City clerk: Voter information in state database

NASHUA – The voter information being sought by President Donald Trump’s election commission is already in the hands of the state, thanks to a 2006 law that helped create a statewide voter checklist.

Nashua City Clerk Patricia Piecuch said Thursday that the local data collected in the city is entered into the state checklist.

“We control the data going into that checklist,” she said.

The Help America Vote Act in 2006 streamlined the voter registration process, and added centralized voter checklists to many states, including New Hampshire. With the change came easier access for the state to get the information.

The state can and does sell access to the list to organizations and political candidates. However, Piecuch said, the information the state sells is the same information that is already available to the public. The information includes the name, address and party identification of the registered voters.

Checklists are available in the clerk’s office for members of the public to inspect, she said, but the city does not sell the information, or release it.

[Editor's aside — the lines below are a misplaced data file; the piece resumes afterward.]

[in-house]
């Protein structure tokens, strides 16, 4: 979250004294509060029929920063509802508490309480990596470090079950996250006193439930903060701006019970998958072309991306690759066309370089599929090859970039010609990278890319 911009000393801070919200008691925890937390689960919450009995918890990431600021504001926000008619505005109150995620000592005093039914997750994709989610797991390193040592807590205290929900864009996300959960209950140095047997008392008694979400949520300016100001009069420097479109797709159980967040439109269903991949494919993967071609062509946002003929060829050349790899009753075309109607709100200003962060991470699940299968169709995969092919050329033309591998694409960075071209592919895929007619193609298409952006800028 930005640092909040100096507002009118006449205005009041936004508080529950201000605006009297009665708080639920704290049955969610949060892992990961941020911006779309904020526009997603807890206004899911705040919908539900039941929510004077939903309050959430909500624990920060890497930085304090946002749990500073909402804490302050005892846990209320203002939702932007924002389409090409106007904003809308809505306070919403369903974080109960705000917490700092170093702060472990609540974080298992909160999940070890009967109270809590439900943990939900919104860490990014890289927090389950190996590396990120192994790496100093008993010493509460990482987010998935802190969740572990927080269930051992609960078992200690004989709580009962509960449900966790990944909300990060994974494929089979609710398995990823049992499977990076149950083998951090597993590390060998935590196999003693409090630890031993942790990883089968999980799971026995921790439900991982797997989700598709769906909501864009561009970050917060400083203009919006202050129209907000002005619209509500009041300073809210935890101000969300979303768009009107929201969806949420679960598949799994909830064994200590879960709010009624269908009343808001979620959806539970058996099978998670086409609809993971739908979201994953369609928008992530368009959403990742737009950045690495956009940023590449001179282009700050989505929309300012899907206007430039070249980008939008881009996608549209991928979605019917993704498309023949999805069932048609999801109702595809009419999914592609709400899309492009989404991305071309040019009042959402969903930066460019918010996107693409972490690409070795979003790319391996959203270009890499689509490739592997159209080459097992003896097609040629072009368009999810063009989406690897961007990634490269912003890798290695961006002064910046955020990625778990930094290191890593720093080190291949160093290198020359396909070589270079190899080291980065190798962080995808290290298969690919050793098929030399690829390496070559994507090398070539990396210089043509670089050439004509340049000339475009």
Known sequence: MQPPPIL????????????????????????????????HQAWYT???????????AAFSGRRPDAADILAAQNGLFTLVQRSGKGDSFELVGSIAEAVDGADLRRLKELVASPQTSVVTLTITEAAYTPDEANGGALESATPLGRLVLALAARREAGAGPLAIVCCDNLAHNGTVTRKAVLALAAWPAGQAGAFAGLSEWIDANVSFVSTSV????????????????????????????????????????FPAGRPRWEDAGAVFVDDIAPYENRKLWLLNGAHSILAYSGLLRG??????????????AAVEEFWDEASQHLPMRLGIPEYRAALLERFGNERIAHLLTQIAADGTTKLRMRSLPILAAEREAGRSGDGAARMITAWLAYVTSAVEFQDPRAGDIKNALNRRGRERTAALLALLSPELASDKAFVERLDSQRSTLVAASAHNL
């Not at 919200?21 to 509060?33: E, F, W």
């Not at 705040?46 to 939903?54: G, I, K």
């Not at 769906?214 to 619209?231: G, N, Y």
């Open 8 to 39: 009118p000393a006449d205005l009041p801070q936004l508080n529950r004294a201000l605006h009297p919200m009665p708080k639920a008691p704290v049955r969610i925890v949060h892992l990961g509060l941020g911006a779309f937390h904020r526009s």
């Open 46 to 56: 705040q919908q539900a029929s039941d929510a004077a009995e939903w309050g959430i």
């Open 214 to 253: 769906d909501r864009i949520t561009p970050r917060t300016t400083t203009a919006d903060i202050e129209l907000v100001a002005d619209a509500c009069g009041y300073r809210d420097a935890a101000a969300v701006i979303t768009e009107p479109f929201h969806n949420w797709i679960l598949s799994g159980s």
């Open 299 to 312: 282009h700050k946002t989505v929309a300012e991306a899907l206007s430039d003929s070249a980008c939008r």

Bill Gardner, New Hampshire’s secretary of state, said only names, addresses, party affiliation and voting history are public, and have been since the 1800s. He also explained his broader goal: figuring out how to restore public trust in the election process at a time when some Americans believe there is voter fraud.

Under state law, anyone can view the statewide voter database at the state archives building, but it can’t be copied or transmitted. The same law allows Gardner to sell the database to political parties, political committees and candidates. But members of the public can’t get a copy of the entire file, and Gardner’s critics argue he has no authority to either sell or give the database to the commission.

Gardner said he is awaiting an opinion from the state attorney general’s office, but believes it is legal for him to provide or sell the information to the commission. Republican Gov. Chris Sununu agreed, noting that the database wouldn’t exist had the federal government not mandated its creation and paid for it.

The Associated Press contributed to this report.